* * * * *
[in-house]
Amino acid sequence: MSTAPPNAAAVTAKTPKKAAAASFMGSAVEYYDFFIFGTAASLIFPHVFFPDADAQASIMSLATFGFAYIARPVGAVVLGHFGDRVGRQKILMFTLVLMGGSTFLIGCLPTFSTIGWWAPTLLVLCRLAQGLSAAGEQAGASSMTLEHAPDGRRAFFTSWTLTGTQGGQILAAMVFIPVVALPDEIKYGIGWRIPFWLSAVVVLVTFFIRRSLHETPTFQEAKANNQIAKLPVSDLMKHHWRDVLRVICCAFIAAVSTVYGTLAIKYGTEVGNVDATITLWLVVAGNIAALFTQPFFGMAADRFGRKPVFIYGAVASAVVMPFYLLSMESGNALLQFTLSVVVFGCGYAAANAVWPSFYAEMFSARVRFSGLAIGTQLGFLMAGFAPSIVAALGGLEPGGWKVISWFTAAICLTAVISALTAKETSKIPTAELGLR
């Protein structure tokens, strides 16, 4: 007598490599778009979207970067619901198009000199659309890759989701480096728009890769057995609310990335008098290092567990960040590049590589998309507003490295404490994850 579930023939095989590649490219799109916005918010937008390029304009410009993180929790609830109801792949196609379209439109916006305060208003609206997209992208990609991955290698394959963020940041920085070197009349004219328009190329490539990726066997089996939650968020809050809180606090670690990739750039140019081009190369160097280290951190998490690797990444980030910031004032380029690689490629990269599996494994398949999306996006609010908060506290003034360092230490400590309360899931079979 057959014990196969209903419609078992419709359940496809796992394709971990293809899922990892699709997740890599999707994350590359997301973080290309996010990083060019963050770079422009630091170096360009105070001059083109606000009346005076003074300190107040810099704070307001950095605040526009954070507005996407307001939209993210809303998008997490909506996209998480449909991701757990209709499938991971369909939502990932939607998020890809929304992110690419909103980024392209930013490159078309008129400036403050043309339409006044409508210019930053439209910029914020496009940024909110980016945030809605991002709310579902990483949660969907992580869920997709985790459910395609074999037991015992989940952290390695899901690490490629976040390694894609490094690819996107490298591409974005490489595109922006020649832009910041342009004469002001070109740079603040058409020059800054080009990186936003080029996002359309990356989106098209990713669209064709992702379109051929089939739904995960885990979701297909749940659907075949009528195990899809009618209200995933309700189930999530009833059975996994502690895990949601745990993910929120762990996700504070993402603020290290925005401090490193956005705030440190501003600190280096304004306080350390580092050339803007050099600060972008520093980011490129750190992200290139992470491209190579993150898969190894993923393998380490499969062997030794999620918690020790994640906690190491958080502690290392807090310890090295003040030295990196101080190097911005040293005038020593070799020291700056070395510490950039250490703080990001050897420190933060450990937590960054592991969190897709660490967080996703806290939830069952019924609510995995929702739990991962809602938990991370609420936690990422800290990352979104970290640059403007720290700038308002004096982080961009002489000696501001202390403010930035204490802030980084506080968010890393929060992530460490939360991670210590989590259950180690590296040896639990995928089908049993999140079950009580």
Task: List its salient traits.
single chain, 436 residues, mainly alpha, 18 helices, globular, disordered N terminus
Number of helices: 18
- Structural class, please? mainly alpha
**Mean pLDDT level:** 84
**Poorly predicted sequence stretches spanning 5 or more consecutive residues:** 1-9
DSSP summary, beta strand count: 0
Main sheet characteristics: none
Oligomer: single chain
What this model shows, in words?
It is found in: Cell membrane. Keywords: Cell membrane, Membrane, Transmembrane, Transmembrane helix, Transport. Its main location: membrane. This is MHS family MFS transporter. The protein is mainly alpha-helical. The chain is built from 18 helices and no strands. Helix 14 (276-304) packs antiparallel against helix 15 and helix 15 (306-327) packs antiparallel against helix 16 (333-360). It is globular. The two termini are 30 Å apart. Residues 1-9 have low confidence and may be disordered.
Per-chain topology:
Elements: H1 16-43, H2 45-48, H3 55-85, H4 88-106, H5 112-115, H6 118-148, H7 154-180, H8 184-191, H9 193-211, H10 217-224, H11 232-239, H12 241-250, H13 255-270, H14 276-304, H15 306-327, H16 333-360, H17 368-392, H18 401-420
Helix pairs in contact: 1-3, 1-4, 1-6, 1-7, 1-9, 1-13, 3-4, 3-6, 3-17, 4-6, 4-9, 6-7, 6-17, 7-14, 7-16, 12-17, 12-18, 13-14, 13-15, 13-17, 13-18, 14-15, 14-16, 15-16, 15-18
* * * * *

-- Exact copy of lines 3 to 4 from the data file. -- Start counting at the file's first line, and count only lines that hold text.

């Protein structure tokens, strides 16, 4: 007598490599778009979207970067619901198009000199659309890759989701480096728009890769057995609310990335008098290092567990960040590049590589998309507003490295404490994850 579930023939095989590649490219799109916005918010937008390029304009410009993180929790609830109801792949196609379209439109916006305060208003609206997209992208990609991955290698394959963020940041920085070197009349004219328009190329490539990726066997089996939650968020809050809180606090670690990739750039140019081009190369160097280290951190998490690797990444980030910031004032380029690689490629990269599996494994398949999306996006609010908060506290003034360092230490400590309360899931079979 057959014990196969209903419609078992419709359940496809796992394709971990293809899922990892699709997740890599999707994350590359997301973080290309996010990083060019963050770079422009630091170096360009105070001059083109606000009346005076003074300190107040810099704070307001950095605040526009954070507005996407307001939209993210809303998008997490909506996209998480449909991701757990209709499938991971369909939502990932939607998020890809929304992110690419909103980024392209930013490159078309008129400036403050043309339409006044409508210019930053439209910029914020496009940024909110980016945030809605991002709310579902990483949660969907992580869920997709985790459910395609074999037991015992989940952290390695899901690490490629976040390694894609490094690819996107490298591409974005490489595109922006020649832009910041342009004469002001070109740079603040058409020059800054080009990186936003080029996002359309990356989106098209990713669209064709992702379109051929089939739904995960885990979701297909749940659907075949009528195990899809009618209200995933309700189930999530009833059975996994502690895990949601745990993910929120762990996700504070993402603020290290925005401090490193956005705030440190501003600190280096304004306080350390580092050339803007050099600060972008520093980011490129750190992200290139992470491209190579993150898969190894993923393998380490499969062997030794999620918690020790994640906690190491958080502690290392807090310890090295003040030295990196101080190097911005040293005038020593070799020291700056070395510490950039250490703080990001050897420190933060450990937590960054592991969190897709660490967080996703806290939830069952019924609510995995929702739990991962809602938990991370609420936690990422800290990352979104970290640059403007720290700038308002004096982080961009002489000696501001202390403010930035204490802030980084506080968010890393929060992530460490939360991670210590989590259950180690590296040896639990995928089908049993999140079950009580």
Task: List its salient traits.